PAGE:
Jon Ingham says:
Some interesting ideas here though I don't agree with the shift from hierarchies to networks. These are different things and both are important: http://strategic-hcm.blogspot.co.uk/2010/01/social-revolution-isnt-hierarchy-to.html . Also if networks are more important then we need to consider the health of the network as well as the individuals / nodes within it. Ie the focus on 'talent' needs to move from individuals to teams, networks and communities. Talent 5.0 perhaps?
shamin Durrani says:
Dear Sir/Madam, I agree with you 100% that graduates feel very uncomfortable to start their first job. I have been giving motivation, leadership presentation and followed by Workshops to prepare them to start their first job in a happy and most successful manar.its been two years that we have started this very successful program in Oxford UK Doha Qatar and Dubai UAE now we have been invited in almost all over Middle East. Our professional trained, happy English staff is very proud of those student who have gained from our Work shops are now happily working in companies or start More...
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Sidheeque shameer says:
Great insight on HRSS.
Bob Hicks says:
There clearly is a role for ZHCs that suit businesses with irregular business activity, and people who do not want to work permanently or cannot commit to doing so, but want the flexibility to top up their income from time to time (eg students, retired people, single parents etc. Its the same as someone signing up with an employment agency - there is no guarantee that they will ever call you and offer you work. Exploitation can be removed or reduced by banning exclusivity clauses and including rights to benefits for the actual periods of employment, or for being available More...
Jeff Micklewright says:
Zero hours contracts work very well for us running a small children's nursery. It gives us flexibility with our workforce, so that when child numbers decrease we can adjust the hours worked by staff to match, and conversely when child numbers increase there are more hours for our staff to work. Staff are happy with this situation, as it ensures they are employed, and staff are not laid off when numbers of children are reduced. We feel we are a responsible employer, and do the best for our staff, and generally those who want it can work between 35 - More...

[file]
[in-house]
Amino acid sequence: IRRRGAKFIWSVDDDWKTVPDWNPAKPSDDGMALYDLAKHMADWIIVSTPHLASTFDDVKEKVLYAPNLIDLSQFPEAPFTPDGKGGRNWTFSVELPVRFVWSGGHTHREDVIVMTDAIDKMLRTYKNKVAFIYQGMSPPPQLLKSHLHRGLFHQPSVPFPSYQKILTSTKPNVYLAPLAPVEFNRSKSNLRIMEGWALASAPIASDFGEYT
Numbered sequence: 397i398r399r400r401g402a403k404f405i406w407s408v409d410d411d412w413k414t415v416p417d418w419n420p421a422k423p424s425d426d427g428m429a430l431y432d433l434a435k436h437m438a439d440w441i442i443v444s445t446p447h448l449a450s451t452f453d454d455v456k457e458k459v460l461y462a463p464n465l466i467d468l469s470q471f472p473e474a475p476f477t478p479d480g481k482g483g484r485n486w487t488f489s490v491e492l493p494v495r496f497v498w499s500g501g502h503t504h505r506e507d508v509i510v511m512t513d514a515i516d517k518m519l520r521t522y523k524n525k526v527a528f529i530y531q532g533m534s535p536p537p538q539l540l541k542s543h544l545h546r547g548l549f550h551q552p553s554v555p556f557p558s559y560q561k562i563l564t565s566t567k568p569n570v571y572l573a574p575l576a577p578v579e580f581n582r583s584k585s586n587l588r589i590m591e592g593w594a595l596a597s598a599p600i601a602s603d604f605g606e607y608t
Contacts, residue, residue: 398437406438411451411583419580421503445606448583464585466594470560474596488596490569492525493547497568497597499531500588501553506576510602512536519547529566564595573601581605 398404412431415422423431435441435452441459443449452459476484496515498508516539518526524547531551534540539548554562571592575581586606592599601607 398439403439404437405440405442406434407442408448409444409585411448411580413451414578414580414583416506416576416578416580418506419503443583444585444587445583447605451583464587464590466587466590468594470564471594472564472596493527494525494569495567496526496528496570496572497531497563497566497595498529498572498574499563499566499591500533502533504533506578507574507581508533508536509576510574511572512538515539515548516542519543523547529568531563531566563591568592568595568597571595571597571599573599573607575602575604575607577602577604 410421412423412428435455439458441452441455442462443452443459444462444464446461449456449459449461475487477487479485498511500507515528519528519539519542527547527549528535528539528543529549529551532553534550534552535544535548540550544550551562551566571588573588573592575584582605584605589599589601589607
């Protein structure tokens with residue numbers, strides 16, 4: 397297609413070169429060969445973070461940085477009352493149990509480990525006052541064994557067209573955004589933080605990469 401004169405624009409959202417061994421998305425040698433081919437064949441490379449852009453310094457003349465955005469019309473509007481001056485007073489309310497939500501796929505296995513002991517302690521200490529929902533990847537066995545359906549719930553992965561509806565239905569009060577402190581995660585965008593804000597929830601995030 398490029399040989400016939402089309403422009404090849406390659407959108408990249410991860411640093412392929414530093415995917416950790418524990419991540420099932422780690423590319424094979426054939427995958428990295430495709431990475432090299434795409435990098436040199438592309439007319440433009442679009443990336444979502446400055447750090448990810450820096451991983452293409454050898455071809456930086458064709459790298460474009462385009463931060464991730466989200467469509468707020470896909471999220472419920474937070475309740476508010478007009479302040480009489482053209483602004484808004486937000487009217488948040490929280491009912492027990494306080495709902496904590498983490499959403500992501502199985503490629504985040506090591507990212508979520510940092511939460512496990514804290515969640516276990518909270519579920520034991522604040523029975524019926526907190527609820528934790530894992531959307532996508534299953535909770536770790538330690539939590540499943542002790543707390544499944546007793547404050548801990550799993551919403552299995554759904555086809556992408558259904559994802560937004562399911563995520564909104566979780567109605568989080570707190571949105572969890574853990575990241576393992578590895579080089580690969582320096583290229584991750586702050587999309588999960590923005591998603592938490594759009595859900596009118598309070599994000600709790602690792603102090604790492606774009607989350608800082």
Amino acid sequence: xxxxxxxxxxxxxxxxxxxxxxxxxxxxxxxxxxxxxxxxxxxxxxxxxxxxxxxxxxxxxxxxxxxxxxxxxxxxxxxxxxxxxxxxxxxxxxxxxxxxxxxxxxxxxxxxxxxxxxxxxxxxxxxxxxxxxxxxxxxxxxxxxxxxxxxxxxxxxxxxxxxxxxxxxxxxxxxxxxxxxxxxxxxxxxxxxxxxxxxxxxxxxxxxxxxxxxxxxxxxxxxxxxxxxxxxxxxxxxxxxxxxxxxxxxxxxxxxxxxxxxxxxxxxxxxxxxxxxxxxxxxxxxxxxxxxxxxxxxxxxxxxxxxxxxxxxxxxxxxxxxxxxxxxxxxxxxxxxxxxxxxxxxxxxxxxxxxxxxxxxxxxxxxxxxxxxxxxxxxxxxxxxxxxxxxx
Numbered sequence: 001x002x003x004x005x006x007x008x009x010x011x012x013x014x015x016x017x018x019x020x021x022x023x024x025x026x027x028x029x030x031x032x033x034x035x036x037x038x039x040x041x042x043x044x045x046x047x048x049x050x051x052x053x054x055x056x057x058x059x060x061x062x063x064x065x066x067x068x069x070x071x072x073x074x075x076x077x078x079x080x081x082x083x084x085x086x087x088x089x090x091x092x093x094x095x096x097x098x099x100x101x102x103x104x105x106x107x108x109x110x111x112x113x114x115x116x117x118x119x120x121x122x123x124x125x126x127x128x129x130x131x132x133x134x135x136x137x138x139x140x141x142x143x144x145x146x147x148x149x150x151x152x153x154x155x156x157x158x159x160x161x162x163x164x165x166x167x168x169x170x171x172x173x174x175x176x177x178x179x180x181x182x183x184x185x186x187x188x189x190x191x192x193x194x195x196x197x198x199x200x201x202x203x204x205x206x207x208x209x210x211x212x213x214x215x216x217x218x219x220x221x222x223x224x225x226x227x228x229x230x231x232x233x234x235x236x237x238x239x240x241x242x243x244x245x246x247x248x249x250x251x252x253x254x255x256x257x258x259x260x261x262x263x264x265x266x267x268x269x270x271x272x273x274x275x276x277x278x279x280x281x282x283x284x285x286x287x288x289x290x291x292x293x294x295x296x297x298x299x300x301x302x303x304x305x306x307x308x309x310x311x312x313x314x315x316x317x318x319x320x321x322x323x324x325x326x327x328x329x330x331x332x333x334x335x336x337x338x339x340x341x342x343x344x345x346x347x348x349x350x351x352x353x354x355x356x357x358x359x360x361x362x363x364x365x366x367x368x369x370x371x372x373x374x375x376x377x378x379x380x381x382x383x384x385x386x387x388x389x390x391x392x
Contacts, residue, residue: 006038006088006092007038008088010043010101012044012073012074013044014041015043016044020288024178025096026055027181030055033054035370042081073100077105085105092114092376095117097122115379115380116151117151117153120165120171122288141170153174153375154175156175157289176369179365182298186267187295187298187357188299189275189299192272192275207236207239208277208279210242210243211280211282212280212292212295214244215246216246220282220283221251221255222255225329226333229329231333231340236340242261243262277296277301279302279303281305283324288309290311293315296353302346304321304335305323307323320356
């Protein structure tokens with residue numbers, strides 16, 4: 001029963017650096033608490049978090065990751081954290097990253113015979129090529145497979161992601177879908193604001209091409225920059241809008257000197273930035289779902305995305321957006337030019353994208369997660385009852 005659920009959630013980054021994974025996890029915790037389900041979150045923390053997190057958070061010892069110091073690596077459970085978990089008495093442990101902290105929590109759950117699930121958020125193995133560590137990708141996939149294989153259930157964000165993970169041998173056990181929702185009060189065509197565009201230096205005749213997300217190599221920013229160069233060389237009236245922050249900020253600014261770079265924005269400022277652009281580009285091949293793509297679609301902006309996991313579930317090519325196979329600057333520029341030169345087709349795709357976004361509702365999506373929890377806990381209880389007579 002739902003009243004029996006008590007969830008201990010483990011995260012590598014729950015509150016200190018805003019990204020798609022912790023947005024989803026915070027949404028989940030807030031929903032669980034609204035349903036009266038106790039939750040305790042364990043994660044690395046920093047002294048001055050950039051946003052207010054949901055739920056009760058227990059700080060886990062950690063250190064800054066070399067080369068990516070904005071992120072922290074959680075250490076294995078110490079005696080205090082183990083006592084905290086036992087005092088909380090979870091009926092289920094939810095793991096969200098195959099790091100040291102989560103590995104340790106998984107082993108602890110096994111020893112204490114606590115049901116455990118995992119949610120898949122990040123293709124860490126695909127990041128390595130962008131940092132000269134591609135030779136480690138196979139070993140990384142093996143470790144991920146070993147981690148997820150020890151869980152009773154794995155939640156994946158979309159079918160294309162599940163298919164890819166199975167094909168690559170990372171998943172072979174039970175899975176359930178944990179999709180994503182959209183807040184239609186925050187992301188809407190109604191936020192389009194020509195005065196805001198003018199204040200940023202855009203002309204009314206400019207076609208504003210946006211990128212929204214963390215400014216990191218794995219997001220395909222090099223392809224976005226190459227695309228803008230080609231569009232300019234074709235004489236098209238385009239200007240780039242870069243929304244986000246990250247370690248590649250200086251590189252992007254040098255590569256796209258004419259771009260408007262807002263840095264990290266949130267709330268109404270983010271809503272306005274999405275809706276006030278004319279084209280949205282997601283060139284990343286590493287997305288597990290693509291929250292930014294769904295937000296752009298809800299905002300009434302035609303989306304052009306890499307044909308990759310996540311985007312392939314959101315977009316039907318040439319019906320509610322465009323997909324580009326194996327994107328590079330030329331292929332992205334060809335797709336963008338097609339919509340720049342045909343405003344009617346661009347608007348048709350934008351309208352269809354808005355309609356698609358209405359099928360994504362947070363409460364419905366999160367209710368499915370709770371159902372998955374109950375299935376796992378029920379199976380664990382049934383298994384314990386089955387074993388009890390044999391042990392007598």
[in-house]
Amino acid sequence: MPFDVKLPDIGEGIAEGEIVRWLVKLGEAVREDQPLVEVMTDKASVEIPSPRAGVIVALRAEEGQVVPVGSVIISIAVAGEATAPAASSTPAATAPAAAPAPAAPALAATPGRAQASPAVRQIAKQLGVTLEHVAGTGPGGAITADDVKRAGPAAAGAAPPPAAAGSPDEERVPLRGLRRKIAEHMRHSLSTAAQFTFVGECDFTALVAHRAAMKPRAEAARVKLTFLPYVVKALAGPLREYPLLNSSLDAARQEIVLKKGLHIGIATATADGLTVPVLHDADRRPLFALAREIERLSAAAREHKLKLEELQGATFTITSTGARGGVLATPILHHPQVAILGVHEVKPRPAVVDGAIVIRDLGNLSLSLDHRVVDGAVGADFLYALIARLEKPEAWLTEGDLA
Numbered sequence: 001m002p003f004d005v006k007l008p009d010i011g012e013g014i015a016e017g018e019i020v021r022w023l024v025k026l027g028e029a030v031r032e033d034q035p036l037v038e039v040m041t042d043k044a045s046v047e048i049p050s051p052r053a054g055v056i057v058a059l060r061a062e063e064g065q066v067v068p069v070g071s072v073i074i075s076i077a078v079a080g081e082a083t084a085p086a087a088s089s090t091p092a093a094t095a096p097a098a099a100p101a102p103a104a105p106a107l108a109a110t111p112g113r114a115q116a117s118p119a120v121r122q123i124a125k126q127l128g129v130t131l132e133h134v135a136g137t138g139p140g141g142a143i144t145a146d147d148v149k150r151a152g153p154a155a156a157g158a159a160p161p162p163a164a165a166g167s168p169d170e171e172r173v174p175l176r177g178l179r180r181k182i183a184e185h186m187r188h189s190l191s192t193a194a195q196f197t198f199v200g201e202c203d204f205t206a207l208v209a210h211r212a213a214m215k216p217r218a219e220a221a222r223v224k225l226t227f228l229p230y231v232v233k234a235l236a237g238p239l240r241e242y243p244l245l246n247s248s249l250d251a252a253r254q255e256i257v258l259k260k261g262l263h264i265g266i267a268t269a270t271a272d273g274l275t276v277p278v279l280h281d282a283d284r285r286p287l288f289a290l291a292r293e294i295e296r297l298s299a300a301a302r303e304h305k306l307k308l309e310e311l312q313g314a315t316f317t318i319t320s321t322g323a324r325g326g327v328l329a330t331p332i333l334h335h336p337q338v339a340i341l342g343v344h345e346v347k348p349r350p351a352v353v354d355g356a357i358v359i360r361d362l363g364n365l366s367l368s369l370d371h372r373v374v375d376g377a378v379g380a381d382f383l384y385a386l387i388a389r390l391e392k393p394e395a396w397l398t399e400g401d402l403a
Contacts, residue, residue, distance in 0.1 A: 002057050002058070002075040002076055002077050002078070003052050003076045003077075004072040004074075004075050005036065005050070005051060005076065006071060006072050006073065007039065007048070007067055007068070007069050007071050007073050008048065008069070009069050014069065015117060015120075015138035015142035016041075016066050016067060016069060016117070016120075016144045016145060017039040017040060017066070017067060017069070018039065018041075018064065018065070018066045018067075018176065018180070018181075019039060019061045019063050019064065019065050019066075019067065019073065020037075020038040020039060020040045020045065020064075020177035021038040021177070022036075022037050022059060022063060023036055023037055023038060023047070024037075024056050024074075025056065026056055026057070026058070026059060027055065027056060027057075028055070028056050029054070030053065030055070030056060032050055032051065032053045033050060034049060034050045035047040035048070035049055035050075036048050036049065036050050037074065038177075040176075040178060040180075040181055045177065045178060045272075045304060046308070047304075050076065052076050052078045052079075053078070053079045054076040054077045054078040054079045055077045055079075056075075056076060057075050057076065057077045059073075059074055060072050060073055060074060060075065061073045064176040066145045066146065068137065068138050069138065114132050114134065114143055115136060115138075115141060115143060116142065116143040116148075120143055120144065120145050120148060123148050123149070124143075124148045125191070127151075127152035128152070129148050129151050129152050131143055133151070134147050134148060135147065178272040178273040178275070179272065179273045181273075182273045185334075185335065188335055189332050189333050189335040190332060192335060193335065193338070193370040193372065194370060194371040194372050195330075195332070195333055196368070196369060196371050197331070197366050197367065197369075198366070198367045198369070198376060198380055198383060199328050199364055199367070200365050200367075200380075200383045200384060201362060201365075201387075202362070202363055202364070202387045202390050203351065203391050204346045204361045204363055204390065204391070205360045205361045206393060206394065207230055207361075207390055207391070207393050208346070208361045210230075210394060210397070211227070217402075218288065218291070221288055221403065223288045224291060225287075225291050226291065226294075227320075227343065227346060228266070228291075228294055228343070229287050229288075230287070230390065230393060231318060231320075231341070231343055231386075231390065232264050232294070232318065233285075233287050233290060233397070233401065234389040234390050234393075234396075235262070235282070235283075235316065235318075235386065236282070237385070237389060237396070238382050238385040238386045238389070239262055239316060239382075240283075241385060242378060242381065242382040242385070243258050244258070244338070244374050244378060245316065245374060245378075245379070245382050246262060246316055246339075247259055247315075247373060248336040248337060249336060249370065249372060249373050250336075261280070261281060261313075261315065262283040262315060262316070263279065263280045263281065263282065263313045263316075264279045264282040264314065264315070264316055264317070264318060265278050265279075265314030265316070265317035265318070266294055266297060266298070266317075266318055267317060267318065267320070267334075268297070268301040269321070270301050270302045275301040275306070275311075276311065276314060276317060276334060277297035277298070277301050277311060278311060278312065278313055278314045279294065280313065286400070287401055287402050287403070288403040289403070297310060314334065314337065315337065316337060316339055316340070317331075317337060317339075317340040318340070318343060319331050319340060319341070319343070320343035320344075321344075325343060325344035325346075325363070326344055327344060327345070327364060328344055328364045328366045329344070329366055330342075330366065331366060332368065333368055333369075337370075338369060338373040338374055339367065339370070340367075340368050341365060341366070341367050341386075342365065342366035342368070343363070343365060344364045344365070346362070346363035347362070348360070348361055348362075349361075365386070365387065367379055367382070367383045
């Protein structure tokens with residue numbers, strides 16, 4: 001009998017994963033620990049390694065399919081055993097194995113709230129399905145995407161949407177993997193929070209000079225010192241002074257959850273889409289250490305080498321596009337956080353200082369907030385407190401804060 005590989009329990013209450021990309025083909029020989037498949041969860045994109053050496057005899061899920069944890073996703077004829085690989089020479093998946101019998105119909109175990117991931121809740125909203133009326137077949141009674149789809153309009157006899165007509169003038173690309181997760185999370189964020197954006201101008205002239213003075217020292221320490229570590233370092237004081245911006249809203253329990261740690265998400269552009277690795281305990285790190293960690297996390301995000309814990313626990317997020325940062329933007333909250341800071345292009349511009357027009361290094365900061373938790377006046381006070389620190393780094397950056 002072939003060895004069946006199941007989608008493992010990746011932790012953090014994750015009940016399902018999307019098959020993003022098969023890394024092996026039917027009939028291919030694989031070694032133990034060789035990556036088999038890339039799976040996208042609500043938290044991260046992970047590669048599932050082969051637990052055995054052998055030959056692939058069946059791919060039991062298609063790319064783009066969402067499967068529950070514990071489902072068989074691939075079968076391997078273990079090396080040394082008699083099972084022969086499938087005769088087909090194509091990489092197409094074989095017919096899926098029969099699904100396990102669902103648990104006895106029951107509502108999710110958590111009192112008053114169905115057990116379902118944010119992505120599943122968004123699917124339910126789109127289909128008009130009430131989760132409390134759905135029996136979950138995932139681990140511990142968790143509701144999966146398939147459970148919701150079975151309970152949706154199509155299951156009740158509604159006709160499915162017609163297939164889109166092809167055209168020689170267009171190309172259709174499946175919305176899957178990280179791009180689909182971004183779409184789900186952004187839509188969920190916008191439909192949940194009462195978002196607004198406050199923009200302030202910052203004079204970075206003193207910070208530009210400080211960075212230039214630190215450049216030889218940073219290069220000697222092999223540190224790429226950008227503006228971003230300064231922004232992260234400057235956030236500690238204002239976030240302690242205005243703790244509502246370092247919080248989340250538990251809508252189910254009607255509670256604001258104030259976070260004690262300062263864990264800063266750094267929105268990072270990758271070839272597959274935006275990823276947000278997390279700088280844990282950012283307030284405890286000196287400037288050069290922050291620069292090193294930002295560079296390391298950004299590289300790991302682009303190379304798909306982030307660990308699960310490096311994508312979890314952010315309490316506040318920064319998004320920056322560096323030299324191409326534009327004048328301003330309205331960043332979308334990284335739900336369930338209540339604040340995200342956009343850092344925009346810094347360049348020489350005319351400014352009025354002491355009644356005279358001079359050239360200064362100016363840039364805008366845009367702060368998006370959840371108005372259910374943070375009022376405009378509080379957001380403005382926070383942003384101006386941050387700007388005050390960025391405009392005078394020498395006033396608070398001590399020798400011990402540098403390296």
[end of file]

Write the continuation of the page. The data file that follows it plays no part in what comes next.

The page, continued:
Peter Rimmer says:
Zero-hours contracts are a return to the old casual labour schemes which existed for many years in the docks, on construction sites and other industries. No security, no pension, no holiday pay entitlements etc. How do you get a mortgage on a zero-hours contract? It's all very fine for overpaid employment lawyers to sing their praises but what about the workers?
Richard Lock says:
We hear very little about the pro's of zero hours contracts. I have a close friend who works for a small charity that has a very flexible workload, driven by a variety of factors. They have zero hours contracts for a group of people who are more than happy to work on that basis. It provides a lot of flexibility for both parties. Without zero hours the charity would not be able to afford employing the people at a fixed cost, and would probably cease to exist. Surely the focus needs to be on eliminating abuse rather than a simple More...
Keith Appleyard says:
I use Zero Hours contracts for 3x Bank staff (=10% of my employee base] at my Nursery who provide ad hoc cover for sickness, hospital appointments etc. Statutory Ratios mean we have to get cover even for the shortest absence. They are free to look for work elsewhere in the meantime, and can refuse any offer. We pay them the Living Wage plus Holiday Pay, ie over £9.00 an hour. In the last year they respectively have earned over £600, over £700 and over £2,400 ... If I need more formal & predictable cover, eg for Maternity Leave or prolonged More...
Peter Copping says:
Causal contracts (usually unwritten so only the implied terms are in the contract) still exist. So who needs a zero hour contract. There are even 'agreements' for unpaid interns available. Maybe the publisher of this journal has some of those. There maybe other variants like'gang master" line. So ask the lawyers instead 'How can I employ or 'hire for service' or for free casual staff. Then we will get an answer. Faites vos yeux as our neighbours say.